Getting Students Ready for Life
A heartfelt thanks to all who shared corrections, clarifications, questions, and deep thinking with me on the first round of our discussion.
From that exchange, I want to focus on two especially interesting threads.
First, Mark raises some important issues about readiness and remediation of our current college-bound students. I've blogged extensively on this topic over at TeachMoore (The Other Side of College Readiness: Readiness of Colleges and More Counseling Support Needed for Students). I urge those of you who are interested to join the conversation over on those pieces, since I don't have space to repeat those important points here.
The second line of thinking that emerged from our dialogue deals with eliminating the false dichotomy between college preparation and career preparation in our curricula, which would also reduce the treacherous practice of tracking.
In my reply to Eric Pollock, I noted: "We treat our so-called college-bound students as if college is all they will ever do. Conversely, we treat the rest as if they will never in their lives pursue post-secondary options. The scary part is those decisions are often made for children, based on social status, or faulty data, often while they are still very young. It is a huge waste of human potential."
Bill Ivey observed: "You also want them [students] to keep their options open as long as possible, whether because they are still making up their minds or simply because they might yet change their mind one day."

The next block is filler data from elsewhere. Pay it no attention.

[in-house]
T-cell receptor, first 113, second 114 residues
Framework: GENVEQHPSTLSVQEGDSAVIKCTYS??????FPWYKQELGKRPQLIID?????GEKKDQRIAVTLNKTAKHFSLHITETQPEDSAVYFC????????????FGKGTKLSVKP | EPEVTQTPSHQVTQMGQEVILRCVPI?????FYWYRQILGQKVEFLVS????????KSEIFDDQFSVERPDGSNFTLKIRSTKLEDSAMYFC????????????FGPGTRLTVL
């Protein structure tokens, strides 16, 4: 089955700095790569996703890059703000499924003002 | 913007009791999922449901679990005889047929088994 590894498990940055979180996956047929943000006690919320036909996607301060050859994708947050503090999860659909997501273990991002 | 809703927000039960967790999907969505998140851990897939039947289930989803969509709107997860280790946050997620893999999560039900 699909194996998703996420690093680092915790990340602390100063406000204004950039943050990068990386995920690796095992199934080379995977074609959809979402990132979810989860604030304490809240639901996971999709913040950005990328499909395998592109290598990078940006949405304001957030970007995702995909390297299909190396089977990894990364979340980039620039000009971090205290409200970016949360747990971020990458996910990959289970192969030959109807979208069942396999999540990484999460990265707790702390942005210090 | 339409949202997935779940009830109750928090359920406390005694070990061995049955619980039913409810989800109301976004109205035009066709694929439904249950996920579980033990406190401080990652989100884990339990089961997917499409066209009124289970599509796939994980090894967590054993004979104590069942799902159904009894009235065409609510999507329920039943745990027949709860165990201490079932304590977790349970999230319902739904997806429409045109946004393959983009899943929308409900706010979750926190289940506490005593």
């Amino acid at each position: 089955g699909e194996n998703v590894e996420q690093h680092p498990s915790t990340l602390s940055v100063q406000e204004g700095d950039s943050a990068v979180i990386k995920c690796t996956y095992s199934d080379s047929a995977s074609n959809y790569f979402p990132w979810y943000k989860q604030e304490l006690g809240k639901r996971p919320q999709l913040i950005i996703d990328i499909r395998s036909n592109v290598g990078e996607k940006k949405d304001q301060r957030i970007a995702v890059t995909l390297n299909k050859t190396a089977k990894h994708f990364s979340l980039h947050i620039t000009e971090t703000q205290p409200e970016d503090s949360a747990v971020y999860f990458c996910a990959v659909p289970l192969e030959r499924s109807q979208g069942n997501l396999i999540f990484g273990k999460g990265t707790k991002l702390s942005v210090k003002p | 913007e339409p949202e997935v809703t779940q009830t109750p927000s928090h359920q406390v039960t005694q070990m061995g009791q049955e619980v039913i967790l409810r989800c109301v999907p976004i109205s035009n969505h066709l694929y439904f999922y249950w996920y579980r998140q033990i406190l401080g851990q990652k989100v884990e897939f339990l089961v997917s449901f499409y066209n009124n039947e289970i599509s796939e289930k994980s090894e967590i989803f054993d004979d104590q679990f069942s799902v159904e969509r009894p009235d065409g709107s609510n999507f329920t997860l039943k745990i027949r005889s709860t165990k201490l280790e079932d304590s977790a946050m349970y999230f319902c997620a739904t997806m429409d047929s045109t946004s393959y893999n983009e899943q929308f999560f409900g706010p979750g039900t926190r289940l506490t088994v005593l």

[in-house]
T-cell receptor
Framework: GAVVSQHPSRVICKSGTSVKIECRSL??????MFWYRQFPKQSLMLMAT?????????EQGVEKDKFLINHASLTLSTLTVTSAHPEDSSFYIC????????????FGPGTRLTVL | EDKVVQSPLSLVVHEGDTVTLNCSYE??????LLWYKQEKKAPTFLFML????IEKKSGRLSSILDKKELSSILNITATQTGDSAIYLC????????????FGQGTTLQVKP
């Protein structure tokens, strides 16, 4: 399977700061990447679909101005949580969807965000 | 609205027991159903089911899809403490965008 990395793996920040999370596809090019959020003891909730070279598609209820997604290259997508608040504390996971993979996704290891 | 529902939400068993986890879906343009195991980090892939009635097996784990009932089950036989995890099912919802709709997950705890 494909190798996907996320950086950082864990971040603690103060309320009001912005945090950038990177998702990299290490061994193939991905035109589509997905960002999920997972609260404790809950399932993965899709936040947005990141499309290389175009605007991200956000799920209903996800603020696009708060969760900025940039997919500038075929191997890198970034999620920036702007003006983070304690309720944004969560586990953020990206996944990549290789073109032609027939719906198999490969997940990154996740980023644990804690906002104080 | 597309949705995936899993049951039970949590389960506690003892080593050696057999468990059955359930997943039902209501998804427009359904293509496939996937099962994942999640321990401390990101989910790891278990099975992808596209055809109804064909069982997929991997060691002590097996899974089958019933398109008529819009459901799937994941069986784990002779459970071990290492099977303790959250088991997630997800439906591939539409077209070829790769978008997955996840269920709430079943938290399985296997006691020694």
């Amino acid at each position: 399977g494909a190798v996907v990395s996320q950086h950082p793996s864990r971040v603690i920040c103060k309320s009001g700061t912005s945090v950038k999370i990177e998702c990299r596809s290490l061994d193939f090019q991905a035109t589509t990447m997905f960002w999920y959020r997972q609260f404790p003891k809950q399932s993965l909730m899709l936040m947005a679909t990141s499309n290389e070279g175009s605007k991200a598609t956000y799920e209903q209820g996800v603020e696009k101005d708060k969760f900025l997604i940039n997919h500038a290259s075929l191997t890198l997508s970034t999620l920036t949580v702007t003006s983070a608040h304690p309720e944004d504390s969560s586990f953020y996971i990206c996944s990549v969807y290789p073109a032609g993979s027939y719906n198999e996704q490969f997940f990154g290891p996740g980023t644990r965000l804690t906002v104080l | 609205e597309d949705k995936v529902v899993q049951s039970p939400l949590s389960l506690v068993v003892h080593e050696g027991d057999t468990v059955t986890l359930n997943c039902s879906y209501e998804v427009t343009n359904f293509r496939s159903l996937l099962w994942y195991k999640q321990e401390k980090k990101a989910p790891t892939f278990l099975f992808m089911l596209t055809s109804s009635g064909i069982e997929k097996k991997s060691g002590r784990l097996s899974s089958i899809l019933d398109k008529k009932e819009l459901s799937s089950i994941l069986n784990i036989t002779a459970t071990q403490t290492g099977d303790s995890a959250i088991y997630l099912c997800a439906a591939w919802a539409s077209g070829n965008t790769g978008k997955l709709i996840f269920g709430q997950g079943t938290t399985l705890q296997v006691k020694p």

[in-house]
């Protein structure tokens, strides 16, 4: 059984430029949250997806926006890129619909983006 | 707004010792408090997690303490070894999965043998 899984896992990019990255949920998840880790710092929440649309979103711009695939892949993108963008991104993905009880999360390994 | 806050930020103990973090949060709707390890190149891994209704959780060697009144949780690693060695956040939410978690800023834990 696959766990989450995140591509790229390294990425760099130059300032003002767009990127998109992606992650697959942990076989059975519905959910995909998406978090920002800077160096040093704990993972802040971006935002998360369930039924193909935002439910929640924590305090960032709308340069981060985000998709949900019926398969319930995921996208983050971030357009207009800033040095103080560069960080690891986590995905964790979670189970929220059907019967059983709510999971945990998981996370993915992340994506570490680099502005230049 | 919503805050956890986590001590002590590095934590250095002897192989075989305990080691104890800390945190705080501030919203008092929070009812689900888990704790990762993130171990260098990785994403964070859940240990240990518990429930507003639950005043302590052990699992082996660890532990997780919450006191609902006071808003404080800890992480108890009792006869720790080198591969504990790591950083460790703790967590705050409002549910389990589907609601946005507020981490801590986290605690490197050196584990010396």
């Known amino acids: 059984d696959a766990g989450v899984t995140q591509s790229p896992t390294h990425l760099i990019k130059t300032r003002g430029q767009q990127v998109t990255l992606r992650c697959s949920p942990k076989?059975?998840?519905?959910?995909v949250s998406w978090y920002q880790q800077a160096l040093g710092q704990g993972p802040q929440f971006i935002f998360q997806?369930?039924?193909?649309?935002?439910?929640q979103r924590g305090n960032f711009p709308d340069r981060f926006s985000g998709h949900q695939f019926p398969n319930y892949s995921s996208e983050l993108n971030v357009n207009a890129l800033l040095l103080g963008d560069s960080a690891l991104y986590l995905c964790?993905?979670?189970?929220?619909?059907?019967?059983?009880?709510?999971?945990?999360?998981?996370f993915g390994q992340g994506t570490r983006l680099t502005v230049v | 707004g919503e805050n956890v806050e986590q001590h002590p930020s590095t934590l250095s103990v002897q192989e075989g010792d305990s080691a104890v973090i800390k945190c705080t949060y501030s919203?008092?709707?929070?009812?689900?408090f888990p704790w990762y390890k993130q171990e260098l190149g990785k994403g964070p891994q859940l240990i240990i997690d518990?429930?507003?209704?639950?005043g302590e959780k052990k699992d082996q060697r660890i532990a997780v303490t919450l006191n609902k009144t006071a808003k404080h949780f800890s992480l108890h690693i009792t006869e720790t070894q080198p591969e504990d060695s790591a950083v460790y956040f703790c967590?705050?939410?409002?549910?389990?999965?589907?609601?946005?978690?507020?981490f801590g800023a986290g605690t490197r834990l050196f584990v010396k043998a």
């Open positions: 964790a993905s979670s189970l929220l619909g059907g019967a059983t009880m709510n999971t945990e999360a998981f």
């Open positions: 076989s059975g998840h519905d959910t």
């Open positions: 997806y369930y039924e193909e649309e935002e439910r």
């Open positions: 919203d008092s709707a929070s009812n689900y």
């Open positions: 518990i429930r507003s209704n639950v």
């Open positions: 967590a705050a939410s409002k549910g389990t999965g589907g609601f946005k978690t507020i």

Jennifer Martin added: "Teaching hands-on, job-specific skills should not happen at the expense of teaching abstract reasoning, aesthetic appreciation, and critical thinking. Students need an education that gives them flexibility in their careers, but they also need one that does more than prepare them to [be] part of the economy. They need to be participants in moving civilization forward in every dimension of life."
The kind of education Jennifer describes should be our goal for every student in the United States. Restricting students to predetermined sets of courses and educational options presupposes that knowledge is a limited and controlled resource. We live in a world where access to knowledge of all kinds in constantly increasing. What is slower but essential to change is our concept of the purpose of school.
Renee Moore, a National Board-certified teacher, has taught English and journalism for 20 years in the Mississippi Delta region at both the high school and community college levels.